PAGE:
"I think there’s a good chance she is fixable in the short term," he told the family. "She needs dialysis, but other than that we can address every other comfort issue. I think she can wake up and talk, probably even write or use a computer. I think her depression, weakness, appetite, dehydration, and malnourishment can be effectively treated. Whatever her prognosis is from the cancer, I think she can probably get at least a few good weeks, which is done best by a hospice. She might want to do something with that time. To finish up. To say goodbye and good luck. I think it’s too early to die. To give her a chance, however, we must go all out and ‘do everything’ for the next several days."

He had never met this patient before. He did not know her values, her beliefs, the length and depth of her illness, the severity of her pain. He was right of course that hospice could help with both the physical and existential symptoms. We can only wonder regretfully why the family had not gone that route earlier -- and wonder whether or why her oncologist had failed to suggest it. We can only wonder what the final course of her life would have been had she gotten palliative care even earlier, helping her all through the course of her deterioration and illness, even before it was time for hospice. But now her kidneys were failing. She was ready to die. The ER doc disagreed.

He wanted her to get dialysis so she could get hospice so she could die a little later. (Never mind that, according to a hospice industry official I consulted, a hospice was unlikely to take a patient just beginning dialysis in order to survive long enough for hospice. Patients can continue dialysis and get hospice services if the kidney disease is not terminal, is not the disease that qualifies them for hospice. But the idea of starting dialysis in order to get hospice would be unusual to say the least).

End of life, he writes, can be done better. He’s correct. It can. "Give me a motorized wheelchair and a feeding tube if I need them, along with a tracheostomy to help me breathe and dialysis to filter out toxins. Those do nothing to stop a good mind and a strong spirit, while permitting both to overcome obstacles of blood and flesh." That's his opinion and his wish. Today he could have that wish granted -- and Medicare, meaning the taxpayer, would pay for it all. But then, after having all those machines and tubes and procedures, he does acknowledge that time would come when maybe he wouldn't want them any more. "If I wish to die, let me die," he writes. Hopefully when his time comes, his ER doc will be aware of his wishes.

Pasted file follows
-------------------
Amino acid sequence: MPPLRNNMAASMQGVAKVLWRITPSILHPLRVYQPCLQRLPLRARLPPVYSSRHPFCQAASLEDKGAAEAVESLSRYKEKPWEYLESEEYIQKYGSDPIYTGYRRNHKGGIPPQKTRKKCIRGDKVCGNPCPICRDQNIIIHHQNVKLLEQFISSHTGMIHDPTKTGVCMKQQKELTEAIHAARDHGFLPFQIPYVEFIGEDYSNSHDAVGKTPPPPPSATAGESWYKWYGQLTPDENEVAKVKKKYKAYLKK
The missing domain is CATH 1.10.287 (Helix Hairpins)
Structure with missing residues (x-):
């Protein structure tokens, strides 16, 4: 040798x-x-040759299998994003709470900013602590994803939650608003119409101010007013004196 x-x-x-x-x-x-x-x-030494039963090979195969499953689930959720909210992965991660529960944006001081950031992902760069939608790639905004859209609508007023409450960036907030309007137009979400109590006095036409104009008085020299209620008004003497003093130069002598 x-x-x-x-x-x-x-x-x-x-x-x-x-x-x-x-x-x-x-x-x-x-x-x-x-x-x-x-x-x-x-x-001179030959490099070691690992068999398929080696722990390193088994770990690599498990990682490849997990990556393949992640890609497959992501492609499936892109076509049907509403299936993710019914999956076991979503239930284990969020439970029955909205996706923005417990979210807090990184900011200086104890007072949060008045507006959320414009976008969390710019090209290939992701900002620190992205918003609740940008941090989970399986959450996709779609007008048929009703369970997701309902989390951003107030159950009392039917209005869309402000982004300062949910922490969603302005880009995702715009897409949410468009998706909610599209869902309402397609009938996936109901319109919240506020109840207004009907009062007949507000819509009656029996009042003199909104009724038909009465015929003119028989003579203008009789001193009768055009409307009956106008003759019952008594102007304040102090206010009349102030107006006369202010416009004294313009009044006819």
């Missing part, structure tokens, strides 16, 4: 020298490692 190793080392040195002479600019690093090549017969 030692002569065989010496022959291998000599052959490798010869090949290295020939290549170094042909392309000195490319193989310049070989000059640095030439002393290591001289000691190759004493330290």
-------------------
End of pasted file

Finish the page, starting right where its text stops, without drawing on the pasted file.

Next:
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Suicide Prevention and Assisted Suicide.

There's a clinical reason why advocates prefer to call it aid in dying and not assisted suicide; they recognize that there's a difference between grief, a normal and emotional reaction to trauma, and depression, an illness that with medical and psychiatric treatment can be addressed.

Yesterday Michael Gerson at the Washington Post had a well-meaning column on the prevalence of suicide in the U.S. He starts the column by noting a number of celebrities who have recently committed suicide and works to explain what it is and what signs we can detect in loved ones who may be isolated, depressed and suicidal.

Suicides outnumber homicides in America, making self-hatred more lethal than violence by others. In 2009, the Substance Abuse and Mental Health Services Administration reported that 1.1 million Americans had attempted suicide during the previous year. By one estimate, "successful" suicides have left behind 4.5 million family survivors, who live with ghosts each day.

He encourages us to reach out to those in our community who may be depressed and at risk (The National Suicide Prevention Lifeline is 1-800-273-TALK.) It's not a bad column and while Gerson is not my favorite columnist, I am pleased to see those with soapboxes addressing a tragic issue.

But then along comes Wesley J. Smith who takes up Gerson's column and does what he does best: applies absolutist and convoluted pseudo-rational thinking to conflate the idea of depression (which can cause suicide) and terminal disease. To Gerson's sentence, "For those who yield to the logic of the nightmare, it is difficult to be harsh or judgmental. Empathy, like grace, can reach to the grave," Smith writes:

But that doesn’t mean we shouldn’t criticize those pushing suicidal people toward different conclusions about self destruction. And that’s where Gerson misses the obvious–as so many similar articles do these days. There is a multi million dollar suicide promotion campaign ongoing in the country and around the world–aided and abetted by the mainstream media–that says that if you are sick, or disabled–suicide is empowering and rational. Indeed, it claims that such suicides are so right and worthy of being honored that the state should permit third parties to help make sure the suicidal person is made dead. As far as I am concerned, that is the express and implied fundamental message of assisted suicide advocacy.